Diclofenac is a pain killer that is regularly prescribed to reduce pain or swelling. It is part of the medicines group known as Non-Steroidal Anti-Inflammatory Drugs (NSAIDs). Other medications in this group include ibuprofen.
What is Diclofenac?
- Diclofenac helps to reduce pain and swelling in a number of conditions
- It may be prescribed for arthritis, period pain, toothache and even after operations to minimise pain and discomfort
- It is available in several forms including tablets, capsules, suppositories, skin gels or mouthwash
- It is not suitable for everyone, including those with stomach ulcers or asthma
- It is important to read the patient leaflet for a full list of side effects and cautions.
How Does Diclofenac Work?
Prostaglandins are produced by the body, but they cause pain and inflammation at the site of an injury or damage. Diclofenac prevents prostaglandins from being made by blocking cyclo-oxygenase (COX) enzymes. Taking diclofenac therefore blocks the biological pathway that causes pain and swelling.
What is the proper dosage of Diclofenac?
The usual dosage of diclofenac tablets is 75mg to 150mg each day. Your prescriber will advise you on how many times you should take a tablet each day. Often, diclofenac is taken two or three times daily.
How is Diclofenac Taken?
Diclofenac can be taken in a number of ways. Tablets and capsules should be swallowed whole with a glass of water. To avoid stomach irritation, it is best to take them with a meal or snack.
As diclofenac gels and creams can be applied directly to the area of pain, they are particularly useful for easing muscular pains and strains. Using diclofenac topically reduces the amount of the medication in the body, which in turn reduces the risk of side effects. Diclofenac gel should be applied exactly where it is needed, and slowly rubbed in. Be sure to wash your hands after applying the gel.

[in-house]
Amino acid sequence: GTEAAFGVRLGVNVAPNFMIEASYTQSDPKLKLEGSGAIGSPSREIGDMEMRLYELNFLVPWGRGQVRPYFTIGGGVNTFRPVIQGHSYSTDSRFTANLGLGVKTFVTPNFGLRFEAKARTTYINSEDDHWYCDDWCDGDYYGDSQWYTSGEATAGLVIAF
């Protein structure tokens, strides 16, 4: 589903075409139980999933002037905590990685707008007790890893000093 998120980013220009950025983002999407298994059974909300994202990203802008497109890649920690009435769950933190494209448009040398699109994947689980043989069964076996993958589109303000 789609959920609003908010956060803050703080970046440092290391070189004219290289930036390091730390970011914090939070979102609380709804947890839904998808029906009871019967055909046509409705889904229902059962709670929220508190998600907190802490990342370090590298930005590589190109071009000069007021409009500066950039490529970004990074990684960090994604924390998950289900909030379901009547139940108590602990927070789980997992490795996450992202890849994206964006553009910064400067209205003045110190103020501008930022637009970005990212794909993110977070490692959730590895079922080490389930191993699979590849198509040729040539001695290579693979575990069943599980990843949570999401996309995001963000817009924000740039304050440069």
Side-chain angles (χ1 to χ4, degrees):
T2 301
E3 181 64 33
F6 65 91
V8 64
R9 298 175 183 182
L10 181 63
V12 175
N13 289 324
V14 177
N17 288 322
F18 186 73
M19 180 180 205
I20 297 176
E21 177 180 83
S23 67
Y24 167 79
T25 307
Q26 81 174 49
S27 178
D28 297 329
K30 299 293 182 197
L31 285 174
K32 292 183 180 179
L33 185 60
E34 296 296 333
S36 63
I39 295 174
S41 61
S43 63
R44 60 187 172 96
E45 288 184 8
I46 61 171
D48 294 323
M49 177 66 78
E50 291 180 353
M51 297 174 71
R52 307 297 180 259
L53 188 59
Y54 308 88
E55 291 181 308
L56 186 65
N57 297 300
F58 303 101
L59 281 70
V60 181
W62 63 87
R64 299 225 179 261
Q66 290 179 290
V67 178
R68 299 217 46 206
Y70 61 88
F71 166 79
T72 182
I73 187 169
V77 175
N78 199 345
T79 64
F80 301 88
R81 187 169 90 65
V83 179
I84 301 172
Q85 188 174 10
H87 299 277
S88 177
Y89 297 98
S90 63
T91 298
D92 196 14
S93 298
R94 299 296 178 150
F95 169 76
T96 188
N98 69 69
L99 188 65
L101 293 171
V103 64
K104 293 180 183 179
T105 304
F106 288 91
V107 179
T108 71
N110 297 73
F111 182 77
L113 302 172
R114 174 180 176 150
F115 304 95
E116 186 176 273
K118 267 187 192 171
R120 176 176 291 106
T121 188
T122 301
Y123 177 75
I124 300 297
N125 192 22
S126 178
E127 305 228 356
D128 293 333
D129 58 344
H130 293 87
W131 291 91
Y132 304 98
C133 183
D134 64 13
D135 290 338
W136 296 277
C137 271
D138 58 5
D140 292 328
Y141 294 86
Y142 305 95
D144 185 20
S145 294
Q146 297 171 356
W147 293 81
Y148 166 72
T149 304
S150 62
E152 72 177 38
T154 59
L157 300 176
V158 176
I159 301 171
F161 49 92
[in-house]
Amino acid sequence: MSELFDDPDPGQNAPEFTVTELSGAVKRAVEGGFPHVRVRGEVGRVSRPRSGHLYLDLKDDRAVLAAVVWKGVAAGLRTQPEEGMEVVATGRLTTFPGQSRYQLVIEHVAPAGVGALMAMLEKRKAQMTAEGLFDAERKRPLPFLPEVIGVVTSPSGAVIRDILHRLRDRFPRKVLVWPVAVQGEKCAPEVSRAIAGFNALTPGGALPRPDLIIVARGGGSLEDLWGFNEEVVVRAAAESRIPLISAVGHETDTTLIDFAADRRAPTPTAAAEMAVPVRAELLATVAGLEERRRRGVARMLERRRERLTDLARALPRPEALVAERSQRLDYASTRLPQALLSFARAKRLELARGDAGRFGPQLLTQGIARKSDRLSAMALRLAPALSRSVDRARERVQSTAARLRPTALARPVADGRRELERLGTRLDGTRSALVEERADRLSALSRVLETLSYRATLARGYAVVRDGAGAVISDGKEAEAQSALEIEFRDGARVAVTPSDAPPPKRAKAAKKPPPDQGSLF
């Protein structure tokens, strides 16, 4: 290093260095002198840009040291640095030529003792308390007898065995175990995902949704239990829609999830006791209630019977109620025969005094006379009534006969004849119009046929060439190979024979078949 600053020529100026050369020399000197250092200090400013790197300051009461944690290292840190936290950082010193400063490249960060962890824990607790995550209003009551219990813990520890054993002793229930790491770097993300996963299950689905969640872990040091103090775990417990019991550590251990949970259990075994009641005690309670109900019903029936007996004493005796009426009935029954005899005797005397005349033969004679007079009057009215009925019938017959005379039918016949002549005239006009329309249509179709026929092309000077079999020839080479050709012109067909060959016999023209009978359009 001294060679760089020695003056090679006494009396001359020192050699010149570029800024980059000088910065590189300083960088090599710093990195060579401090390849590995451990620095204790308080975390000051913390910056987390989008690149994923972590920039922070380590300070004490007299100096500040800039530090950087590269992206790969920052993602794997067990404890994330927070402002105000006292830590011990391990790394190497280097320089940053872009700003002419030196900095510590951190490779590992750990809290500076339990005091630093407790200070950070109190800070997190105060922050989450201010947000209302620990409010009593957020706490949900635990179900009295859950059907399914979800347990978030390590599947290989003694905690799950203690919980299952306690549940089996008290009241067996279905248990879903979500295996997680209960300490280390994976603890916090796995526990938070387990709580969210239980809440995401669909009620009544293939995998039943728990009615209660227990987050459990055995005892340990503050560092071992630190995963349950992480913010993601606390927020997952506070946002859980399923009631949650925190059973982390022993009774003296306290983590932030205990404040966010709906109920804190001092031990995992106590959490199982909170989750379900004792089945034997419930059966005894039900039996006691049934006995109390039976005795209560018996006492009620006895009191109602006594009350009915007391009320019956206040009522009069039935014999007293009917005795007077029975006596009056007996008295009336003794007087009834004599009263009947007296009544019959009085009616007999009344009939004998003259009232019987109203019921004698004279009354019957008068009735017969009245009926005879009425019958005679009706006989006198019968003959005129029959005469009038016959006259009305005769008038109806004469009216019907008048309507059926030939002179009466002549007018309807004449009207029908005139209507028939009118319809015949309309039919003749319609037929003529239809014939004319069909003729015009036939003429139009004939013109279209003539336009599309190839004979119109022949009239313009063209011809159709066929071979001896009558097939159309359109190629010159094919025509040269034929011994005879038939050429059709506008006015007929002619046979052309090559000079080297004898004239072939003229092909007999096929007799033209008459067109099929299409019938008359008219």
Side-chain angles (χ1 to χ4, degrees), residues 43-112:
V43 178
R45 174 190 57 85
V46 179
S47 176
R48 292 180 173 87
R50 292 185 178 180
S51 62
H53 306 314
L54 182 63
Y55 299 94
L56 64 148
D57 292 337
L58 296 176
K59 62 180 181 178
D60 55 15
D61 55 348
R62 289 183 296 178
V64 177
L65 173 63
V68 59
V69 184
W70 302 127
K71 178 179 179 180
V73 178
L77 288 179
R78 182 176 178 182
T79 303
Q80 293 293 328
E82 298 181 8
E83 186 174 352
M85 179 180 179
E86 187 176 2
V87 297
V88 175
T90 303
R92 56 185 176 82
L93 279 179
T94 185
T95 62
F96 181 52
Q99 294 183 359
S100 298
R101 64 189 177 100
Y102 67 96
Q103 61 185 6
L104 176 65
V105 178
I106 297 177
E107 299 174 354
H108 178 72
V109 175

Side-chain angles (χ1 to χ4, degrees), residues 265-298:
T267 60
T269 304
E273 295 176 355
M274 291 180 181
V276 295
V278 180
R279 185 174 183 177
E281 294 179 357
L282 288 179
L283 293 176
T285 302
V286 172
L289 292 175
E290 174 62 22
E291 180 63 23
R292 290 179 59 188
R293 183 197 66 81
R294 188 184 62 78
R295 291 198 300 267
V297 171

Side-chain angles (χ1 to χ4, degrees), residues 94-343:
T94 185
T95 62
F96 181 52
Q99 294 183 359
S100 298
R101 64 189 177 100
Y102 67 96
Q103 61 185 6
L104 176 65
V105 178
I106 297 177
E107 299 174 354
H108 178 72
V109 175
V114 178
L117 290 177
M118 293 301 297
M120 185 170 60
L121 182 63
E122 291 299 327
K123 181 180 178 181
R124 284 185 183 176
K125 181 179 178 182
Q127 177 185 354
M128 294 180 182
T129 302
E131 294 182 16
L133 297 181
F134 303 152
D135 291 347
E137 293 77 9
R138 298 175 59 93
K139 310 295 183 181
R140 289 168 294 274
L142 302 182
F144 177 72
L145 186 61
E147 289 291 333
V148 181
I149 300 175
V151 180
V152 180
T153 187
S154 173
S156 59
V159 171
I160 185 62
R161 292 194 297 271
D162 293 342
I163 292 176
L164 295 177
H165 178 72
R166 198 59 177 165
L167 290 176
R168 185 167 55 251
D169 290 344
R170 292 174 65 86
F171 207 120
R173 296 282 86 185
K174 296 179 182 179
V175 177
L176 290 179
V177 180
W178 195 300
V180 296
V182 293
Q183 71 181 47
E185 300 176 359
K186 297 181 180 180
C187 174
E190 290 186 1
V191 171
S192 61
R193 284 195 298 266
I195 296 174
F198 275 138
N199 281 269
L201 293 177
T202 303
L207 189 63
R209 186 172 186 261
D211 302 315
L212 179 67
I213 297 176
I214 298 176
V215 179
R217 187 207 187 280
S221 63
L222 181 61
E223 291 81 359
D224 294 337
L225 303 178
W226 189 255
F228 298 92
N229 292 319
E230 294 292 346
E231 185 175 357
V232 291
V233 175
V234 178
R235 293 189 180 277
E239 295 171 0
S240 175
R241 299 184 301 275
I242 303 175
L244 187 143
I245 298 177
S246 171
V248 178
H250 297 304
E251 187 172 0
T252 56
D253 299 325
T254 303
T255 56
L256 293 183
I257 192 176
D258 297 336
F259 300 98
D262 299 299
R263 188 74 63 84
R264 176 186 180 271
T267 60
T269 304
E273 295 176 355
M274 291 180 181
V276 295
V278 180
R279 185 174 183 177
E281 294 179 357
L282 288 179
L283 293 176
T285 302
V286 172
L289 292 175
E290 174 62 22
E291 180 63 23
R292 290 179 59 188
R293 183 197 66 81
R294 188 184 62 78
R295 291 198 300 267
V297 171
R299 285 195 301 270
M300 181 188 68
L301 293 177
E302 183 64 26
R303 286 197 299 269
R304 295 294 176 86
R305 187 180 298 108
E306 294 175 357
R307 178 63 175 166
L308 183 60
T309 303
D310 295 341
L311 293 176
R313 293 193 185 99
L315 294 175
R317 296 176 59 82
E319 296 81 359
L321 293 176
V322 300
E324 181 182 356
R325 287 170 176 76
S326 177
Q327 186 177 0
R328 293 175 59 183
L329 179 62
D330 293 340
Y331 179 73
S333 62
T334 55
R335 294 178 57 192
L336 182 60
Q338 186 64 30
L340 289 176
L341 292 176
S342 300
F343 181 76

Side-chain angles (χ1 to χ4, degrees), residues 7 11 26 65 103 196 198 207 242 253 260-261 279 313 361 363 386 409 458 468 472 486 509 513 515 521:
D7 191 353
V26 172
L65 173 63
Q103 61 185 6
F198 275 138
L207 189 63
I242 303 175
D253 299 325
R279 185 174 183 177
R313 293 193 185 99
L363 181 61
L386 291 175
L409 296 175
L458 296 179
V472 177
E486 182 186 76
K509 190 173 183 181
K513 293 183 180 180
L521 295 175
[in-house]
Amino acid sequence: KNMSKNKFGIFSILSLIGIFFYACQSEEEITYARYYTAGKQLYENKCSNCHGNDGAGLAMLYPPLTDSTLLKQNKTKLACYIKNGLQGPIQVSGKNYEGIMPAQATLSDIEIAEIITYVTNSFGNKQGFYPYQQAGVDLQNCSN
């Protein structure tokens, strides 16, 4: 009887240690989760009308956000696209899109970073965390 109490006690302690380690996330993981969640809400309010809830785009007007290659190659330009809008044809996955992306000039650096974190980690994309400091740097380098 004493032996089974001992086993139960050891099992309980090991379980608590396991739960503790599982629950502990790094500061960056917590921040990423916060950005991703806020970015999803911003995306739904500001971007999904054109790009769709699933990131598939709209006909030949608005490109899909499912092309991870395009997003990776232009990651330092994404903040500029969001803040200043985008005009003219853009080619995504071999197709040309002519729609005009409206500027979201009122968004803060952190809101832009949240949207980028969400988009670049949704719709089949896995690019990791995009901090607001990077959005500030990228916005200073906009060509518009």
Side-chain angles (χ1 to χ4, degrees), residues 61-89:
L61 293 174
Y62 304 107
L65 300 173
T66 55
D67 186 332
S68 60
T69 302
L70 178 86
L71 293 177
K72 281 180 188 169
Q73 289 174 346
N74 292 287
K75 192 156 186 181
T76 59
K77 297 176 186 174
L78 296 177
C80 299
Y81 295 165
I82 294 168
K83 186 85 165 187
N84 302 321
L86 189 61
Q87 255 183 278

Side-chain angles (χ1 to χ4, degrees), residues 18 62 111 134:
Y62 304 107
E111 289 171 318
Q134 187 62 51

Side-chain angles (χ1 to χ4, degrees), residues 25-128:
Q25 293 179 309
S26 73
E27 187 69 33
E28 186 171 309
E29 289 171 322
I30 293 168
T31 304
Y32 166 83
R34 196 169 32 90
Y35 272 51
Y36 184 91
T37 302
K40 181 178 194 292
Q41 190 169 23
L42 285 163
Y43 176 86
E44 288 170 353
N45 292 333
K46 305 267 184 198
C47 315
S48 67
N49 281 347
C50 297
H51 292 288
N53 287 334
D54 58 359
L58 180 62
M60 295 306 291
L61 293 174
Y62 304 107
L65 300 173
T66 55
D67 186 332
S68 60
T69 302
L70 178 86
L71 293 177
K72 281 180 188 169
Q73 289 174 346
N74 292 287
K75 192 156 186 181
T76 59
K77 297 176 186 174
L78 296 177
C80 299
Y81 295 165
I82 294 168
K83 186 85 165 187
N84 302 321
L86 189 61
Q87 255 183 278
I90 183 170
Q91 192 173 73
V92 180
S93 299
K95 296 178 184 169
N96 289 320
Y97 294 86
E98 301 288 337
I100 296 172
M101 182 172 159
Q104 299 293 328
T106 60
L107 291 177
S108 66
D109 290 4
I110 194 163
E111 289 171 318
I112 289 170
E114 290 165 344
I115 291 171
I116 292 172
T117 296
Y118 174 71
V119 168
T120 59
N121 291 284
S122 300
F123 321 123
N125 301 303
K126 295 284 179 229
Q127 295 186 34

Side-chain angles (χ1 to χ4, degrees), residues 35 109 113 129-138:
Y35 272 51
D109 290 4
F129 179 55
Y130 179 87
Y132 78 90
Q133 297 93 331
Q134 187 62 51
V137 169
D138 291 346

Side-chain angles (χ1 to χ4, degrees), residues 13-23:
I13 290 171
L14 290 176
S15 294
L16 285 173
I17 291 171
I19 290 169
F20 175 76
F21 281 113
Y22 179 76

Suppositories should be gently inserted into the back passage (anus). It is normal for the suppository to melt inside the back passage.
Diclofenac can be taken as a quick release preparation that offers immediate pain relief. However, a sustained release preparation may be more suitable for those who need to keep on top of long term pain.
Some diclofenac preparations also contain misoprostol. Misoprostol helps to protect the stomach against irritation. It is particularly useful when taking diclofenac long term, for example to manage the discomfort and inflammation associated with arthritis.
Are there any side effects to Diclofenac?
Like all medications, diclofenac can have some side effects. Common side effects include:
- Stomach ache or reduced appetite
- Nausea or vomiting (feeling sick or being sick)
- A mild rash
- Skin irritation at the site of diclofenac gel use.
If these side effects bother you or persist, speak to a healthcare professional.
Rarely, more serious side effects can occur. You should call your doctor straight away if you experience:
- Blood in your vomit or stool (poo), or black stools
- Severe indigestion or stomach pain
- Diarrhoea or vomiting
- Yellowing of the skin or whites of the eyes
- Raised or itchy rash
Call 999 if you experience:
- Breathlessness, swollen legs or ankles – these could be signs of heart failure
- Chest pain, breathlessness, or a feeling of anxiety or impending doom – these could be a sign of a heart attack
- Weakness, change in speech, blurred eyesight or loss of balance – these could be caused by a stroke.
If you have a severe allergic reaction (anaphylaxis) including breathlessness, lip or tongue swelling, call 999 immediately.
Does Diclofenac come with any warnings?
Diclofenac is not suitable for everyone. Make sure you tell your prescriber if you have:
- Ever had an allergic reaction to a medication, including aspirin or other NSAIDs such as ibuprofen or naproxen
- Stomach ulcers
- High blood pressure
- Heart failure
- Liver disease
- Kidney disease
- Crohn’s disease or ulcerative colitis
- Problems with blood clotting.
You should also tell your prescriber if you are pregnant or trying to conceive, as there may be a different pain relief medication that would be more suitable.